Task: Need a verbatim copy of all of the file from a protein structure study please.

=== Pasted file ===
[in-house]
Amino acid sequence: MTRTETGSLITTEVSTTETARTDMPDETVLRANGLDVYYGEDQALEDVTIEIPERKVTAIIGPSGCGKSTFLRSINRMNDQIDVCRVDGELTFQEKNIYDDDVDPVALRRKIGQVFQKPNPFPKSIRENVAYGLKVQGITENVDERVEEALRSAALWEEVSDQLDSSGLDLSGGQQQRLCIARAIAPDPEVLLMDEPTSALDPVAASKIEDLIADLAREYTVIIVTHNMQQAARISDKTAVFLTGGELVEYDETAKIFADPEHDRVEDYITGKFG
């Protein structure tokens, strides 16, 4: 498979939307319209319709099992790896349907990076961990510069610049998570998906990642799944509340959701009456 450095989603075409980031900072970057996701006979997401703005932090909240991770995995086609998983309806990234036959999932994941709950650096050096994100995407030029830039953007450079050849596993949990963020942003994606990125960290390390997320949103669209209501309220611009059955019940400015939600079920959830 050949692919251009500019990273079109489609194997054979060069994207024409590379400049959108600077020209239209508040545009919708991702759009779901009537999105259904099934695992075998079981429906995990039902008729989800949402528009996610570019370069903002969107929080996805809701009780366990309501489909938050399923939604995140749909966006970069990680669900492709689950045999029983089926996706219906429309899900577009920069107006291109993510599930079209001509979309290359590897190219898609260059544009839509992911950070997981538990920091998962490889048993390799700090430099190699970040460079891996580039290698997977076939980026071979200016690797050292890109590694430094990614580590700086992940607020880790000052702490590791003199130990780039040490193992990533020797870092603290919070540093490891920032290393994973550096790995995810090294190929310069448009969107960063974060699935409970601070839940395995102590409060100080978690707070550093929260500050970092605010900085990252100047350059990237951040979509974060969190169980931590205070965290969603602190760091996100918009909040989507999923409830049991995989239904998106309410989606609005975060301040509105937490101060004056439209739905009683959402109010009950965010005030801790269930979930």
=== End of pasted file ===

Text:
[in-house]
Amino acid sequence: MTRTETGSLITTEVSTTETARTDMPDETVLRANGLDVYYGEDQALEDVTIEIPERKVTAIIGPSGCGKSTFLRSINRMNDQIDVCRVDGELTFQEKNIYDDDVDPVALRRKIGQVFQKPNPFPKSIRENVAYGLKVQGITENVDERVEEALRSAALWEEVSDQLDSSGLDLSGGQQQRLCIARAIAPDPEVLLMDEPTSALDPVAASKIEDLIADLAREYTVIIVTHNMQQAARISDKTAVFLTGGELVEYDETAKIFADPEHDRVEDYITGKFG
């Protein structure tokens, strides 16, 4: 498979939307319209319709099992790896349907990076961990510069610049998570998906990642799944509340959701009456 450095989603075409980031900072970057996701006979997401703005932090909240991770995995086609998983309806990234036959999932994941709950650096050096994100995407030029830039953007450079050849596993949990963020942003994606990125960290390390997320949103669209209501309220611009059955019940400015939600079920959830 050949692919251009500019990273079109489609194997054979060069994207024409590379400049959108600077020209239209508040545009919708991702759009779901009537999105259904099934695992075998079981429906995990039902008729989800949402528009996610570019370069903002969107929080996805809701009780366990309501489909938050399923939604995140749909966006970069990680669900492709689950045999029983089926996706219906429309899900577009920069107006291109993510599930079209001509979309290359590897190219898609260059544009839509992911950070997981538990920091998962490889048993390799700090430099190699970040460079891996580039290698997977076939980026071979200016690797050292890109590694430094990614580590700086992940607020880790000052702490590791003199130990780039040490193992990533020797870092603290919070540093490891920032290393994973550096790995995810090294190929310069448009969107960063974060699935409970601070839940395995102590409060100080978690707070550093929260500050970092605010900085990252100047350059990237951040979509974060969190169980931590205070965290969603602190760091996100918009909040989507999923409830049991995989239904998106309410989606609005975060301040509105937490101060004056439209739905009683959402109010009950965010005030801790269930979930």